The Egan File

Hartford Courant
March 17, 2002,1,5201735.story?coll=hc-headlines-home

[See also Egan Protected Abusive Priests, the main article of this feature, with links to related articles.]

On Oct. 7, 1997, and again on Sept. 23, 1999, Bishop Edward M. Egan was questioned by lawyers for people alleging sexual abuse by priests in the Bridgeport diocese. Following are excerpts from Egan's depositions, which were sealed by the court as part of about $12 million settlement last year:

On scope of abuse:

Egan: These things happen in such small numbers. It's marvelous when you think of the hundreds and hundreds of priests, how very few have even been accused, and how very few have even come close to having anyone prove anything. Claims are not of interest to me. Realities are. Claims are claims. Allegations are allegations.

Q: And are you saying that over time, the instances of clergy sexual abuse have increased?

Egan: Over time the allegations have increased.

Q: OK. Well, I'd like to -

Egan: Did you hear that? Not instances - your word was instances.

Q: Bishop, I can hear quite well ...

On Pcolka case:

Q: Are you aware of the fact that it involves instances of oral sex, anal sex, beatings, violence, sadistic verbiage - are you aware of the extent of the claims in this case?

Egan: I am not aware of any of those things. I am aware of the claims of those things, the allegations of those things.

Q: And you clearly are aware of the number of people that are making these similar claims during the same period of time, involving Father Pcolka, correct?

Egan: I am aware that there are a number of people who know one another, some are related to one another, have the same lawyers and so forth, I am aware of the circumstances, yes.

Q: So you understand that there is a significant part of the Catholic faithful that have claimed to be affected by Father Pcolka's sexual abuses, correct?

Egan: I am not aware that a significant part of the Catholic faithful claim to have been affected by father's abuses, no. ... The Catholic faithful of Fairfield County, of which this diocese is comprised, is 360,911 signed up in our parishes. I believe we can safely say there's probably another 150,000 or more not signed up in our parishes. Is 12 a significant portion? And then let us please remember that the 12 have never been proved to be telling the truth.

Q: And Father Pcolka, let us remember, won't tell us the truth because he continues to take the Fifth Amendment ...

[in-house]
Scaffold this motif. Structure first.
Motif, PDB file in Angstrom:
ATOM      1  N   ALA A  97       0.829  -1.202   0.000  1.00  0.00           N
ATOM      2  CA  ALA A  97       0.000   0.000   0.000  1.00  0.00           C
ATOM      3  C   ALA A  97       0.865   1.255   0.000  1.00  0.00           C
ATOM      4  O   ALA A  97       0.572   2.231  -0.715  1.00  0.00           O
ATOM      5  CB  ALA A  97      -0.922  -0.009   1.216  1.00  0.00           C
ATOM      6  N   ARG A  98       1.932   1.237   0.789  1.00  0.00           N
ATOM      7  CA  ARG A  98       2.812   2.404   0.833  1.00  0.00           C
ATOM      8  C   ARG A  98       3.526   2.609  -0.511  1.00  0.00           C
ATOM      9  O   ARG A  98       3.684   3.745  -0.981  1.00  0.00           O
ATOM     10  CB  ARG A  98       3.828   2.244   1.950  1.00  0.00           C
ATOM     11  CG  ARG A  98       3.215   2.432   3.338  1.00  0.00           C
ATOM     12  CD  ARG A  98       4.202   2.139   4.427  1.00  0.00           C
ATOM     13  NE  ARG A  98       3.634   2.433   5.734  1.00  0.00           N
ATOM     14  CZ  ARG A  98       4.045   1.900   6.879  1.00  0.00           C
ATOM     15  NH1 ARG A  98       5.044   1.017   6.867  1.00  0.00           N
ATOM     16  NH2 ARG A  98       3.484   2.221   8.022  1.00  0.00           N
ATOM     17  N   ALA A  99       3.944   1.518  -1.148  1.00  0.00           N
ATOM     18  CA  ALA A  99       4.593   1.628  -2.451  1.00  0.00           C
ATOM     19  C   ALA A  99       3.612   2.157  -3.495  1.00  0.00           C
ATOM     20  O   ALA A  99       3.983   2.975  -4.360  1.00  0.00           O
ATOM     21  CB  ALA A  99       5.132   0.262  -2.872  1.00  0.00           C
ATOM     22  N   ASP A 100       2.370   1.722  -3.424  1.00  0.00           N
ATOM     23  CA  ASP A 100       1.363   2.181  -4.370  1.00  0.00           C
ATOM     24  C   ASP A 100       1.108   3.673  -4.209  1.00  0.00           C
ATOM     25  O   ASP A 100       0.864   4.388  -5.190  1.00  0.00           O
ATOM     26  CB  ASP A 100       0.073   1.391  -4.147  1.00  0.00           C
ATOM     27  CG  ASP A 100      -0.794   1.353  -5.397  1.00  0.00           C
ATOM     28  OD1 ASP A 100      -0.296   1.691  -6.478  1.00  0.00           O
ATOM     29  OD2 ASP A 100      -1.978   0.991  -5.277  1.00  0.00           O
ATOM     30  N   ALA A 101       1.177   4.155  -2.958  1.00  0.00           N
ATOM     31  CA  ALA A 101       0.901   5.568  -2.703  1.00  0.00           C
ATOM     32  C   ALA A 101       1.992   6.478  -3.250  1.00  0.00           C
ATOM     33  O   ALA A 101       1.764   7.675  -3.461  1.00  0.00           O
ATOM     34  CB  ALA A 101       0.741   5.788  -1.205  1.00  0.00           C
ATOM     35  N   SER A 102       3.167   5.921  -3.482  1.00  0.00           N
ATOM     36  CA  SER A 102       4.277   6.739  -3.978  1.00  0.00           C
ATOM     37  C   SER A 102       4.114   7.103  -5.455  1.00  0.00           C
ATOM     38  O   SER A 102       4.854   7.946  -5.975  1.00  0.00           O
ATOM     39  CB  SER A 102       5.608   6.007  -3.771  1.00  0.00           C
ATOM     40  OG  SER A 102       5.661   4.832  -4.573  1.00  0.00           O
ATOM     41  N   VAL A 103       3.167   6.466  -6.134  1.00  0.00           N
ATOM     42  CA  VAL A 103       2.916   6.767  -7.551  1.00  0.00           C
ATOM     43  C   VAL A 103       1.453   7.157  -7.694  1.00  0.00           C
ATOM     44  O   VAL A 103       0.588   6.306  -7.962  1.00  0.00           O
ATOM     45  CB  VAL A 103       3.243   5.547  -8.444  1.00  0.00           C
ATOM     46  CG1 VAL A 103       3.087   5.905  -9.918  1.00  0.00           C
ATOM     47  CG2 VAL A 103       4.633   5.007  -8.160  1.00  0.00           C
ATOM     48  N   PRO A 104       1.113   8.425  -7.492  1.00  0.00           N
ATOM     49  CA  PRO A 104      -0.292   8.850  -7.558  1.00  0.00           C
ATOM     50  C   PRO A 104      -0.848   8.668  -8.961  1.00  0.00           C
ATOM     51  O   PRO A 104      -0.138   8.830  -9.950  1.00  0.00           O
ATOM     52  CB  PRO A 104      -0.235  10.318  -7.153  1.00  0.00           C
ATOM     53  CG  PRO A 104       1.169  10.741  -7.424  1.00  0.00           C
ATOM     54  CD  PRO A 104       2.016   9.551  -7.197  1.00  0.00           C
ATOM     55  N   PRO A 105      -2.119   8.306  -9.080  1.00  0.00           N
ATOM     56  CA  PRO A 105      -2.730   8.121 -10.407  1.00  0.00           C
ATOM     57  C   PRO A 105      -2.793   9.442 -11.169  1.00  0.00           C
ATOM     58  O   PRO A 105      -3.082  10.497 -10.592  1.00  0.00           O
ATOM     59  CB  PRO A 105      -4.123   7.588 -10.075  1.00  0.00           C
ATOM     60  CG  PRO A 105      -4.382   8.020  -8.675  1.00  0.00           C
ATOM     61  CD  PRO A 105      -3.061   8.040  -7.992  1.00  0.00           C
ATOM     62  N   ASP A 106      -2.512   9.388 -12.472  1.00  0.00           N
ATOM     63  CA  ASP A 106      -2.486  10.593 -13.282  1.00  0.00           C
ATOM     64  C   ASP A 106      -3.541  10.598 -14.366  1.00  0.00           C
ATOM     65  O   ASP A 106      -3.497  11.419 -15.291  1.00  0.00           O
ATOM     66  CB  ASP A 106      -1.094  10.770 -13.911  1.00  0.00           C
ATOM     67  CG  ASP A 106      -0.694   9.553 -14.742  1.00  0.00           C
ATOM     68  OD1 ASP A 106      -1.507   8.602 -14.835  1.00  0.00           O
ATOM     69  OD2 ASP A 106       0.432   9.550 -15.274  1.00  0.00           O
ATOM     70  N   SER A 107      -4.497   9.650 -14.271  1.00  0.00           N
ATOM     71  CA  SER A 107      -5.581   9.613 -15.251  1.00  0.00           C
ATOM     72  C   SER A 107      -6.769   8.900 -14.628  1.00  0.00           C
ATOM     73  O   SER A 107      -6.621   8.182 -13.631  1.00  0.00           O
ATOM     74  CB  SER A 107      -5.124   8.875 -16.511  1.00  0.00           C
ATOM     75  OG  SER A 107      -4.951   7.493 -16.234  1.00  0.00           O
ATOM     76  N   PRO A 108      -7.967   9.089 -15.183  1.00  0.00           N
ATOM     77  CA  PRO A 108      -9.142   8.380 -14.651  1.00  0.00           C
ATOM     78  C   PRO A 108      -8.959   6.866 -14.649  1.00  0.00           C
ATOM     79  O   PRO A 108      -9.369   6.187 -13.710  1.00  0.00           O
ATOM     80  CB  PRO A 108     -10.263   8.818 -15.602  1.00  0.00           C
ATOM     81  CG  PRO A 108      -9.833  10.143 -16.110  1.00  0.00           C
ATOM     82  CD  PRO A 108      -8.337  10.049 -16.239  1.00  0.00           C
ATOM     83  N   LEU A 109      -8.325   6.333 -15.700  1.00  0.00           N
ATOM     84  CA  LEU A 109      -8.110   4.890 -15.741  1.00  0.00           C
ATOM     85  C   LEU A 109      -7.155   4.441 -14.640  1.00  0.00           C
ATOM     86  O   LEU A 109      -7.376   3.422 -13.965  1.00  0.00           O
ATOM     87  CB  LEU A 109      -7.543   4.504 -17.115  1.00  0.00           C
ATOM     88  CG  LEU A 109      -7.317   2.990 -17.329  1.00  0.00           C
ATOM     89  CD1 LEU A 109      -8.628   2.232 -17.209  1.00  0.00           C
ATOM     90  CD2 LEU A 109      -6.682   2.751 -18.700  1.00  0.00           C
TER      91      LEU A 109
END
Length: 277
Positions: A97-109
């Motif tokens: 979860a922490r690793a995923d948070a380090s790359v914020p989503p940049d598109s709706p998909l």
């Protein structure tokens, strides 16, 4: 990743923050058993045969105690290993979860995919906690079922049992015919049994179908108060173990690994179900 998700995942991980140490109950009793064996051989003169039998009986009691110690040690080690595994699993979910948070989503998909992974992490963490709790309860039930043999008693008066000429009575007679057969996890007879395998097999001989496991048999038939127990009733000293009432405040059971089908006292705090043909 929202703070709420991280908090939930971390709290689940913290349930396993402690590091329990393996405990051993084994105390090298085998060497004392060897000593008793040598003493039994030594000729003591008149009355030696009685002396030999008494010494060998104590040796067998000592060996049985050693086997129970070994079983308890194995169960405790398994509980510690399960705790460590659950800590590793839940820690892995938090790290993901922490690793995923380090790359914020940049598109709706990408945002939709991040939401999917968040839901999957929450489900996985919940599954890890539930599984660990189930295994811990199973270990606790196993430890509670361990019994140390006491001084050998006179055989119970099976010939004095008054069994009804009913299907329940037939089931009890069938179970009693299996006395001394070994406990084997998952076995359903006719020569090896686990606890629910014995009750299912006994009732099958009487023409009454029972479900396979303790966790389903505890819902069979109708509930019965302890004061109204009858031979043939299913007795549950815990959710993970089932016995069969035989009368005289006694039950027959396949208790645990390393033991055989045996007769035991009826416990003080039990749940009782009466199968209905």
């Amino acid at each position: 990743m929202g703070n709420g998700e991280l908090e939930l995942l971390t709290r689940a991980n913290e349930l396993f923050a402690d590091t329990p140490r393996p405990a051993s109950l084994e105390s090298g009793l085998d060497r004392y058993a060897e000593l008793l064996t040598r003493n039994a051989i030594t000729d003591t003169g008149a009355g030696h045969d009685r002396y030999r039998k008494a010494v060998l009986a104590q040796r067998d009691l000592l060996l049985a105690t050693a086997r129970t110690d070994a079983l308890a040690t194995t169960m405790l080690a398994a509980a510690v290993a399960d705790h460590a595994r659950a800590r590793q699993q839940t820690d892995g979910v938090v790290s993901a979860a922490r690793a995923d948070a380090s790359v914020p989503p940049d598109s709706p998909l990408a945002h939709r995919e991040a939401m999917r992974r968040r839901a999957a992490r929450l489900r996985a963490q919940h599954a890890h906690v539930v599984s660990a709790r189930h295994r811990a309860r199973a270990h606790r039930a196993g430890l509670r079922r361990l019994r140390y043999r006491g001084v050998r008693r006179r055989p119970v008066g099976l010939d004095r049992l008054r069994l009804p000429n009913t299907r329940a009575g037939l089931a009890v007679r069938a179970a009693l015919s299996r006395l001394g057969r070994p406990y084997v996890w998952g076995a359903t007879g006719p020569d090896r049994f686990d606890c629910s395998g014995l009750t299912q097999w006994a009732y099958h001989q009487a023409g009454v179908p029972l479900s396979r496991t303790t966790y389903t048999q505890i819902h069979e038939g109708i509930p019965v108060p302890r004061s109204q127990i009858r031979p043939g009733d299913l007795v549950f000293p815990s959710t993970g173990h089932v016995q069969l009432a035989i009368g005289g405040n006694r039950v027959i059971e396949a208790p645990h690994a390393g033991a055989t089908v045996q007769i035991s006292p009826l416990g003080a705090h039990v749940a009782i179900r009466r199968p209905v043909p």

On Brett case:

Q: OK. And from that memo you became aware of the fact, did you not, Bishop Egan, that under your predecessor's administration of the Diocese, it was decided that they would feign hepatitis and that is why he was not around?

Egan: That's what the final sentence says on the second page.

Q: So they would hide the complaint of sexual abuse and tell persons that he had hepatitis and that is why he was not around?

Egan: I wouldn't read it that way.

Q: You wouldn't?

Egan: No, I would read it that this man is going away, and if anyone asks, say he's not well, he has hepatitis. That's quite a bit different than saying you are going to hide it. If someone were going to ask - I don't perceive it that way, that's not my style, but I think that it's altogether understandable to anybody reading it. This person has been accused of doing such and such, we're going to be sending him away for attention. I wouldn't have done this, but I don't think it's a serious matter. Someone would say, well, if anybody asks, make it that he's not well, that he has hepatitis. The word "feign," of course, makes it somewhat dramatic, but my reading of it is not - my reading is the one I have just given you.

Q: You say that - he is not only accused but he confesses, does he not?

Egan: Yes, but he is accused and he confesses.

Q: He says, look it, he admits apparently that he had oral sex with this young boy and that he actually bit his penis and advised the boy to go to confession elsewhere?

Egan: Well, I think you're not exactly right. I don't think it was a young boy. Now, I can't remember every detail, but it seemed to me that the gentleman in question was an 18-year-old student at Sacred Heart University.

Q: Are you aware of the fact that in December of 1964 that an individual under 21 years of age was a minor in the state of Connecticut?

Egan: My problem, my clarification, had to do with the expression "a young boy" about an 18-year-old.

Q: A young - all right, a minor, is that better then?

Egan: Fine.

On allowing Brett to remain a priest:

Q: Well, isn't it a fact that by not asking him to remove himself or by not suspending him, in effect you concluded that you would allow him to remain as a priest?

Egan: We had indications from psychiatrists that he was comporting himself appropriately, and our decision was to continue until we came to further conclusions because of the other indications.

Q: The fact that you - at that point you allowed him to remain a priest, that was your conclusion?

Egan: Yes, on the basis of analysis and by a professional.



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